I can can.

Pints of canned tomatoesLast Tuesday I picked up a paper sack containing twenty pounds of roma tomatoes, those long tomatoes good for sauce.  And even though Wednesday was probably one of the hottest days of the year (though that’s not much of a stretch these days, with the repeat heat waves) I set to work canning.

When I was a kid we’d occasionally can tomatoes, and I remembered it being a scorching, laborious process, even when it was my mom and I and a neighbor putting the fruit up.  Well, not much has changed there.  It was hot, I burned myself numerous times peeling tomatoes, and it was a lot of work.  But I did end up with 14 pints, which I am pretty happy with, and a bunch of leftovers I plan to salsafy (that is, make salsa with) tomorrow.

Canning tomatoes is a lot of work because each tomato needs to be blanched and peeled, and either shoved whole or sliced, into a jar.  Several tomatoes–up to 6–fit into each jar, as I squished them in as much as possible.  They also need to boil away in the hot water canner for 40+ minutes, and that’s if you top each jar with a little water.  Use tomato juice and you’re looking at 85 minutes of boiling time.  Because I had one batch of ‘blanching’ tomatoes that turned into ‘boiled for ten minutes’ tomatoes, they juiced like crazy when I shoved them in the can, so I decided to take the precaution and boil them for 85 minutes.  I had a hot house, that’s for sure.

What’s weird about canning tomatoes, too, is that this can happen and is, I guess, a pretty common side effect of raw or barely cooked tomatoes, having cooked in the water bath, covered in water:
Two pints

The tomatoes shrink and rise to the top, and the water stays at the bottom.  Weird.  I shook them up enough so that the tomatoes weren’t touching the lid much–there’s a small amount of BPA in there–less than your common tomato can, but still there.  But they’ll be fine, and wonderful reminders of summer when, in January, we’re complaining about the cold and the snow and missing places like this one:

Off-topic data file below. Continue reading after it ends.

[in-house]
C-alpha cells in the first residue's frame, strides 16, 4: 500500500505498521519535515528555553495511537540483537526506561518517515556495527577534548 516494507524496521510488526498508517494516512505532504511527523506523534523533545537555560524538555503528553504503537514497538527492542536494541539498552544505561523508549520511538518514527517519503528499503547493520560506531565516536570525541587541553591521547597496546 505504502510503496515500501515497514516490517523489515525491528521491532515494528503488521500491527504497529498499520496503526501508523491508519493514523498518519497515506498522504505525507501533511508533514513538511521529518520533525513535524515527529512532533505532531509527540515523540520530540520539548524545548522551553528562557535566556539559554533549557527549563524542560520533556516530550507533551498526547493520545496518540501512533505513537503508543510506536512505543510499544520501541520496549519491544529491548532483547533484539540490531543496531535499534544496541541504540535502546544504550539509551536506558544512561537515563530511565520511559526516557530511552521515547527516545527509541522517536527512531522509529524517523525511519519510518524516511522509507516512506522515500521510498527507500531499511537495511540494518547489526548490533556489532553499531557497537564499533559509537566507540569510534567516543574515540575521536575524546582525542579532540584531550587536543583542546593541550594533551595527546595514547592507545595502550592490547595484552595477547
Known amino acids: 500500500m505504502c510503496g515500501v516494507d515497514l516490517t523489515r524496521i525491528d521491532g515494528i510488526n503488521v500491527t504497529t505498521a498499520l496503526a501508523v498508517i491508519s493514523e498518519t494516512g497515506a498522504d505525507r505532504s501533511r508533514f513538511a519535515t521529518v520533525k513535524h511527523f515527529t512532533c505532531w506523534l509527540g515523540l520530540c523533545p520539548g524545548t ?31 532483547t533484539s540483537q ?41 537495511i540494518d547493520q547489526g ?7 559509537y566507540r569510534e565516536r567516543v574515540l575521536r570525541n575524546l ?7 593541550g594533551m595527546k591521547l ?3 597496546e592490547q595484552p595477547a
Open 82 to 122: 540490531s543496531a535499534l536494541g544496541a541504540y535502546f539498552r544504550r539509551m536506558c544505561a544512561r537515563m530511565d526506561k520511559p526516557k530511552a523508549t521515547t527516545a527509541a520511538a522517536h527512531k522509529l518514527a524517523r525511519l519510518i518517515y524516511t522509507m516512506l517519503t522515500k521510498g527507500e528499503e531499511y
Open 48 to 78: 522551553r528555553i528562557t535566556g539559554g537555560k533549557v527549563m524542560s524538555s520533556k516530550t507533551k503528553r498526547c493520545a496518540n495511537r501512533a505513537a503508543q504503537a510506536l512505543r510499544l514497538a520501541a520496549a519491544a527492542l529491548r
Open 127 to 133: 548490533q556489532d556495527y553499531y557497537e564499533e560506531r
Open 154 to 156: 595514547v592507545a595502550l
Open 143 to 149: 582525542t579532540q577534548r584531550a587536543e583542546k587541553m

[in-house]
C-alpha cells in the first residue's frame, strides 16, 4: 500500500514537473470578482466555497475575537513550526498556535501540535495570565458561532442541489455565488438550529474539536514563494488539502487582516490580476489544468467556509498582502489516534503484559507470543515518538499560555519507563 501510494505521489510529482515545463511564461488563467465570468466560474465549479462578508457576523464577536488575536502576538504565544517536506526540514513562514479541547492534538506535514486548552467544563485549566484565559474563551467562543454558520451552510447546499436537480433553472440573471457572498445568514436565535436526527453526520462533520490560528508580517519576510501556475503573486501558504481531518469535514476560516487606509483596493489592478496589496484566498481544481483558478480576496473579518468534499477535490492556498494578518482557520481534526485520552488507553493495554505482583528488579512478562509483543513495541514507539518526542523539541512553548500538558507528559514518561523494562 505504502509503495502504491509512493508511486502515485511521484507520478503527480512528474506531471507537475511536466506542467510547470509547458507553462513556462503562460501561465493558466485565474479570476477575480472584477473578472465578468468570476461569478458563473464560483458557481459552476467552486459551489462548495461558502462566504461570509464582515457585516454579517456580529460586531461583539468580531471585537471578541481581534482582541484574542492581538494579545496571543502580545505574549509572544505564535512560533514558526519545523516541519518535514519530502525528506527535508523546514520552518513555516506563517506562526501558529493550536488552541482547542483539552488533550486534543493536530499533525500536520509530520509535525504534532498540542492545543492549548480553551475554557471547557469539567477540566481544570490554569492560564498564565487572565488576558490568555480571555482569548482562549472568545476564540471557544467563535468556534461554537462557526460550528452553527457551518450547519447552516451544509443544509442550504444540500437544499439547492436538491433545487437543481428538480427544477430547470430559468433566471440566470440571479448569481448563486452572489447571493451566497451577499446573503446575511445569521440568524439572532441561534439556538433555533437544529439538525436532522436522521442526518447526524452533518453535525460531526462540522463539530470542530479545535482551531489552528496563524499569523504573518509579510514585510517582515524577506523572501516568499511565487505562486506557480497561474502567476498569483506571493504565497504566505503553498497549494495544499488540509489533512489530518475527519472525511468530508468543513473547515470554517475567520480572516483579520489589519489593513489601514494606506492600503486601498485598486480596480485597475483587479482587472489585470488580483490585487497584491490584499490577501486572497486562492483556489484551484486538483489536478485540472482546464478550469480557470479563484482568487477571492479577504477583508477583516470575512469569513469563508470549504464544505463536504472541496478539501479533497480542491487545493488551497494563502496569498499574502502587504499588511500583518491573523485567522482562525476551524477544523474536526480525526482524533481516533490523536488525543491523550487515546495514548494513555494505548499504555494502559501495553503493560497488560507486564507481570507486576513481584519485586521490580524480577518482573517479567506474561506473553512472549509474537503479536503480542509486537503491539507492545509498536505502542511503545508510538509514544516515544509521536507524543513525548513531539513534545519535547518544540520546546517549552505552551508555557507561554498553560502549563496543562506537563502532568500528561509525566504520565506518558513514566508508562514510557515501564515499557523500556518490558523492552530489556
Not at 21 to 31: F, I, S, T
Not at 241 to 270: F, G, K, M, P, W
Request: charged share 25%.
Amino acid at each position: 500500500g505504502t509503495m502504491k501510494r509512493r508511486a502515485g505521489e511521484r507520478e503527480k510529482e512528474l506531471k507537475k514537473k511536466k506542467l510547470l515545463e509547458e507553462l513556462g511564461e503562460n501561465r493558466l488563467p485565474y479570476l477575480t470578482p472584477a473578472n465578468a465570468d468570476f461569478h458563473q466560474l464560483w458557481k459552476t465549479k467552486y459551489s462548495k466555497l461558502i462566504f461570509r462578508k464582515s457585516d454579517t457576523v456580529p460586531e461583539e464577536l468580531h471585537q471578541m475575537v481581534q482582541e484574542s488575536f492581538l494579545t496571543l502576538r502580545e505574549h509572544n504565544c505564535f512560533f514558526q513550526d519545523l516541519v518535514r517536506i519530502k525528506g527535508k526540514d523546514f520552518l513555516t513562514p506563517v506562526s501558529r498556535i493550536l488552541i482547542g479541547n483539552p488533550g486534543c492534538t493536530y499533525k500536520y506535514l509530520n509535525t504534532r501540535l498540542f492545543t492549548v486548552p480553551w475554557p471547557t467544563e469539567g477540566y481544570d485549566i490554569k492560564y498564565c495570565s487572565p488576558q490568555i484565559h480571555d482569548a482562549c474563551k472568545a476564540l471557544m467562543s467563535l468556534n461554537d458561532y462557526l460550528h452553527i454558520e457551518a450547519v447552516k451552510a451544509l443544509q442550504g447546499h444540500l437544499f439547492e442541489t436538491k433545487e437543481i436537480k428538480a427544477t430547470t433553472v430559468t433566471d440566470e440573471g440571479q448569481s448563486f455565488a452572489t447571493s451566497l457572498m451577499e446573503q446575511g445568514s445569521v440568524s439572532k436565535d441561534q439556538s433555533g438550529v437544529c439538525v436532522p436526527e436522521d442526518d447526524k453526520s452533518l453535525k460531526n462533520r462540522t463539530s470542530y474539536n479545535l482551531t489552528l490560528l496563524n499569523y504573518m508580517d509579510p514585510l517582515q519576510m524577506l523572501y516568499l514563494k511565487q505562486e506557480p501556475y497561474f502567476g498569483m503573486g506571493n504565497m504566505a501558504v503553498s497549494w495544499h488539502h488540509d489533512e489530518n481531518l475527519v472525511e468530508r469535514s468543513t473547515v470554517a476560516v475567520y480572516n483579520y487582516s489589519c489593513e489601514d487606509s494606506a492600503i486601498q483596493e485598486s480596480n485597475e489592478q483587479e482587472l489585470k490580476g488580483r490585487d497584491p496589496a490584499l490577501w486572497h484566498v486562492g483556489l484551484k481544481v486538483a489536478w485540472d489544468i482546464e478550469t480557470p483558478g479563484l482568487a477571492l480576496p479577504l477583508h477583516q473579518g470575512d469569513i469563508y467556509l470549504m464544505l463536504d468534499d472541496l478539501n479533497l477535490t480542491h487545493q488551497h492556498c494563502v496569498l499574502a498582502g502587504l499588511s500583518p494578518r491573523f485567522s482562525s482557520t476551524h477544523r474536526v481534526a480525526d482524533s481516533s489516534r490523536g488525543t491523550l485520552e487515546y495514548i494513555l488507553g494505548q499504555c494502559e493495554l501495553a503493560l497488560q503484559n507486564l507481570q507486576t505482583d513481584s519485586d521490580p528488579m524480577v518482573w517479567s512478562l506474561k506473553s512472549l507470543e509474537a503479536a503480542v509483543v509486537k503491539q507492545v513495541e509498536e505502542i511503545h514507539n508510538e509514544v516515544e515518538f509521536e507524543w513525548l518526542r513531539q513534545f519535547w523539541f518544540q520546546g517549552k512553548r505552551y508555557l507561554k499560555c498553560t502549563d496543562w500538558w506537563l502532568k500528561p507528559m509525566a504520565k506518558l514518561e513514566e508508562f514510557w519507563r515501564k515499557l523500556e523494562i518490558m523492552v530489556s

Wells, ME(that’s the beach where I spent this past weekend)

If you want to can your own tomatoes, here are some links to help you out.

PDF guides from the USDA
Food In Jars’ instructions
Pick Your Own’s directions (note, he uses shorter times, which even my seven-year-old Ball Jar Canning book disagrees with)

Google should yield many more. Happy canning! Tomorrow I plan on making salsa and apricot-amaretto jam. And then, I swear, I’m not canning another damn thing until fall.


3 responses »

  1. You can do it, Vanessa! Look at all the other stuff you already do!

    I guess the floating has something to do with the amount of pectin they contain and how much time they do or don’t cook before you can them, but really, it beats the hell out of me. Evidently it’s also common for the water to rise to the top and the toms to pack at the bottom. In both cases, they’re fine to eat, just odd…

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